Harrods bomb remembered

The scene outside Harrods in London after the 1983 IRA bomb. Photo: PA Wire
The scene outside Harrods in London after the 1983 IRA bomb. Photo: PA Wire

Relatives of the six people killed when the IRA bombed the Harrods store in London will join survivors of the attack for a 35th anniversary memorial service on Monday.

On December 17, 1983 the Provos detonated a massive car bomb outside the famous department store killing three police officers and three civilians.

Almost 100 people were injured by the device which was assembled using Semtex explosives provided by Colonel Gaddafi’s Libyan regime.

Among those attending the service at the scene of the blast will be Susanne Dodd, whose police inspector father Stephen was killed while clearing the area of shoppers.

Writing in the News Letter as part of our Legacy Scandal series of essays, Ms Dodd said: “Dad subsequently died on Christmas Eve. I was seven years old and I can still remember it being Christmas and praying to Father Christmas to bring my dad home. I have never recovered from the loss of my poor dad”.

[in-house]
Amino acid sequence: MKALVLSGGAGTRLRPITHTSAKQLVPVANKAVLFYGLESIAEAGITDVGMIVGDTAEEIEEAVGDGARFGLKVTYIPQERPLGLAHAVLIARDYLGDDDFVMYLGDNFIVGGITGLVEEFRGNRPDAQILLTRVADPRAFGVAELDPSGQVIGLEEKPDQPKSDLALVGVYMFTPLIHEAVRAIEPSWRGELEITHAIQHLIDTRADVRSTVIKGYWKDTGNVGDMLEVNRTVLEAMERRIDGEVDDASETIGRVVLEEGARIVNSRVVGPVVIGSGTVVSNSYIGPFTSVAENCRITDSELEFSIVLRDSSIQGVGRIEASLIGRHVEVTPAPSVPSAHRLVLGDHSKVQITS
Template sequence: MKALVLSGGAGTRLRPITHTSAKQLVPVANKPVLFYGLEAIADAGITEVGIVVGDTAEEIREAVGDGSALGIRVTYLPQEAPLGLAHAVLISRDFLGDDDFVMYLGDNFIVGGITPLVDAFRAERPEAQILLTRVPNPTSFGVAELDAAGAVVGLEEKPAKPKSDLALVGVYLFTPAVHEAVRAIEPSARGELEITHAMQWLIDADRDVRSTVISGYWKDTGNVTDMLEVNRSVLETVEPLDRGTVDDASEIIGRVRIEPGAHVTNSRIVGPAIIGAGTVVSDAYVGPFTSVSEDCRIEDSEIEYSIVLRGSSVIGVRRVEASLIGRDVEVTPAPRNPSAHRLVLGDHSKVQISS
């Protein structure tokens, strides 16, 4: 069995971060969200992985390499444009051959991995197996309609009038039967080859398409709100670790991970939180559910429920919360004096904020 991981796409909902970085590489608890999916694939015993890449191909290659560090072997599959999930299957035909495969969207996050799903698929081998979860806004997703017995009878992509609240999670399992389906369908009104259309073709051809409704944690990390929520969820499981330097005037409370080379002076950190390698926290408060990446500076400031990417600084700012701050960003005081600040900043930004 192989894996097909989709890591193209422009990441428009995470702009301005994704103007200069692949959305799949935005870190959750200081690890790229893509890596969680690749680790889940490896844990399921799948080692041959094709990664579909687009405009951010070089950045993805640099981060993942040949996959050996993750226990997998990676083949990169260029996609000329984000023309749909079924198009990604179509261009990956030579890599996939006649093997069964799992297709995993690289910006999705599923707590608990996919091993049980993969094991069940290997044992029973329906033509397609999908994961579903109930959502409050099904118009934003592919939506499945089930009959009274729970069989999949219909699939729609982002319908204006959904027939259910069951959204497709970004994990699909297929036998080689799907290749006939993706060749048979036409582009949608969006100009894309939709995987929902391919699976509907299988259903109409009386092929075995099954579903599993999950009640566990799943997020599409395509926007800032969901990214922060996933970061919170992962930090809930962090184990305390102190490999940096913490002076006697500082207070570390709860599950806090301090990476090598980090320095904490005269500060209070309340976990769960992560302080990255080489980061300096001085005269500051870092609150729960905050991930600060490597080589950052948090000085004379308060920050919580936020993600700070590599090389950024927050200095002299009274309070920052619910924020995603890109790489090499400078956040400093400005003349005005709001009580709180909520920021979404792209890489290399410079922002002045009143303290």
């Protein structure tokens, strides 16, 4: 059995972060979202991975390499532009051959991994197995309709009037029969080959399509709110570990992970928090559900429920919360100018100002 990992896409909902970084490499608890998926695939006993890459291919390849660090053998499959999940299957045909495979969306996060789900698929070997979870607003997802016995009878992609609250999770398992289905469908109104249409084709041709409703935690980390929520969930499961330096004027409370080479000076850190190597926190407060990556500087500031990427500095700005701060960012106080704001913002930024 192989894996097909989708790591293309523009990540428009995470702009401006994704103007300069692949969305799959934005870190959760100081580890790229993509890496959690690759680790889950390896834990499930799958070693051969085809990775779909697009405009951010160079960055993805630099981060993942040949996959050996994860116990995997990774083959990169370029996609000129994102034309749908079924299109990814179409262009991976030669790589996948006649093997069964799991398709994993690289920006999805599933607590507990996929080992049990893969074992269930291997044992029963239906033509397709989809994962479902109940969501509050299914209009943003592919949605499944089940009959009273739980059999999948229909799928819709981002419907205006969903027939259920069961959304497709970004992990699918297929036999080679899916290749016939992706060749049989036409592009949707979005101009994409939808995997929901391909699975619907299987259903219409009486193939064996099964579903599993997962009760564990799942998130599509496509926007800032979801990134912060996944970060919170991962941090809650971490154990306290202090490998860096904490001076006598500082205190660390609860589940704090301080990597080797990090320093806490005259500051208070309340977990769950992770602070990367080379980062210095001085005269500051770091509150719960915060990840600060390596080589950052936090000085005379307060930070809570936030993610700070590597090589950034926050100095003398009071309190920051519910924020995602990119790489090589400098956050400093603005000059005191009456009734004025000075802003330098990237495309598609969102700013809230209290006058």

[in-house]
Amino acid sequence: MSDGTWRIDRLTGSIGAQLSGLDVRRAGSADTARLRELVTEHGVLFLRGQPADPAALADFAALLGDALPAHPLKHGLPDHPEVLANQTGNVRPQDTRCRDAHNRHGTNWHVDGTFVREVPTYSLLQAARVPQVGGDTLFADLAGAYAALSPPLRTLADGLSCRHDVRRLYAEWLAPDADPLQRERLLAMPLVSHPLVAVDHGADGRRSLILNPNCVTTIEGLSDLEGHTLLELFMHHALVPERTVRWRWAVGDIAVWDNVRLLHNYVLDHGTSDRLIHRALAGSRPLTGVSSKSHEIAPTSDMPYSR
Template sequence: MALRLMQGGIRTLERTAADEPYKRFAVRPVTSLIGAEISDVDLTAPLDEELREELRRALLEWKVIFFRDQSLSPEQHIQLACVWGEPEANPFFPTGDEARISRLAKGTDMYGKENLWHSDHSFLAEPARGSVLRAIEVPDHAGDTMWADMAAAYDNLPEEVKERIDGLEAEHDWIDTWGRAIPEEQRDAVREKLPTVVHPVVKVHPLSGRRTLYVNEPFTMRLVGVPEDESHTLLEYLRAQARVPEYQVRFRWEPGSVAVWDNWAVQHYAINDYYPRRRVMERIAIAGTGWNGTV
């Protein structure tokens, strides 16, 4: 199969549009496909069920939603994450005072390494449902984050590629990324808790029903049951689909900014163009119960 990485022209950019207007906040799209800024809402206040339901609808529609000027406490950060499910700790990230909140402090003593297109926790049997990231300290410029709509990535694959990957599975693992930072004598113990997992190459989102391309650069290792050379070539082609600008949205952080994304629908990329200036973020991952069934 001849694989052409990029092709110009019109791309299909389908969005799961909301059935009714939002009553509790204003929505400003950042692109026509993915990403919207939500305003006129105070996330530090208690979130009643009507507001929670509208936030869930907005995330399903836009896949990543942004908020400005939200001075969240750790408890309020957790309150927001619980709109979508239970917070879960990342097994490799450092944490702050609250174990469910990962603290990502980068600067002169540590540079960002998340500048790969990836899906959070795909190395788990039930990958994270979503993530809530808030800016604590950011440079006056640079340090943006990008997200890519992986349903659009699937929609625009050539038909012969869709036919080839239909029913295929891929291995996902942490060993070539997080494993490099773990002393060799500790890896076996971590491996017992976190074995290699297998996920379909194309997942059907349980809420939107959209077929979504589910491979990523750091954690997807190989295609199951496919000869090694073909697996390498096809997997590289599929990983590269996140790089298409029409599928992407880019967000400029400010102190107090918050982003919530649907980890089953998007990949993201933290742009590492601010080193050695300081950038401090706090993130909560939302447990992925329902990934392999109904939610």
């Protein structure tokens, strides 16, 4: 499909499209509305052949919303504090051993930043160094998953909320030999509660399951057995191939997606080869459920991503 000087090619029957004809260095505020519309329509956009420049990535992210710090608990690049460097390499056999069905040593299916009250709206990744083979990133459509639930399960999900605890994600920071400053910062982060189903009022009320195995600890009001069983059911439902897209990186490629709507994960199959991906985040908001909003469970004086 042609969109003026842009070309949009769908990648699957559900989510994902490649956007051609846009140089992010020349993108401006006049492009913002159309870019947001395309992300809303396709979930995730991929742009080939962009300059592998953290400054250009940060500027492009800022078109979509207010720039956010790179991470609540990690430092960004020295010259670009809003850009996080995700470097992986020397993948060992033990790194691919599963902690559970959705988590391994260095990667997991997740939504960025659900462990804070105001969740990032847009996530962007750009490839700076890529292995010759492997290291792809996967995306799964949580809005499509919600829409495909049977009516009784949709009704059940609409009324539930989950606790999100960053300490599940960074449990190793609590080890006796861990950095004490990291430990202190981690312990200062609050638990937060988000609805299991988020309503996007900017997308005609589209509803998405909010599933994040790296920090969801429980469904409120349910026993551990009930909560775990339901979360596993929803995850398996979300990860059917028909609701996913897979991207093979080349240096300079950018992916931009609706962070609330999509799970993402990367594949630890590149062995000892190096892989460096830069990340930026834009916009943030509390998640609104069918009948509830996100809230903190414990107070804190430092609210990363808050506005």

Ms Dodd also hit out at the government’s failure to ensure Libya paid compensation to IRA victims.

“It is undoubtedly an appalling lack of equality as US victims of IRA Semtex received substantial compensation from Colonel Gaddafi for the supply of the terror weapons whilst UK and Irish victims receive nothing,” she added.

Speaking two days after the blast, Home Secretary Leon Brittan said the Samaritans had received a telephone message “that the IRA had placed a car bomb outside Harrods and that there were two bombs inside Harrods”.

He said the call was made using “a code word previously unknown to the police,” and added: “The police had already received 22 other similar messages earlier that day ... which turned out to be false alarms.”

Senior police officers, parliamentarians and victims of other terrorist attacks will also be attending Monday’s service.

Jonathan Ganesh was severely injured when the IRA bombed Canary Wharf in 1996.

He said he will be honoured to attend the event, and added: “It’s immensely important that we never forget the victims of terrorism. I understand the pain that these people live with every day”.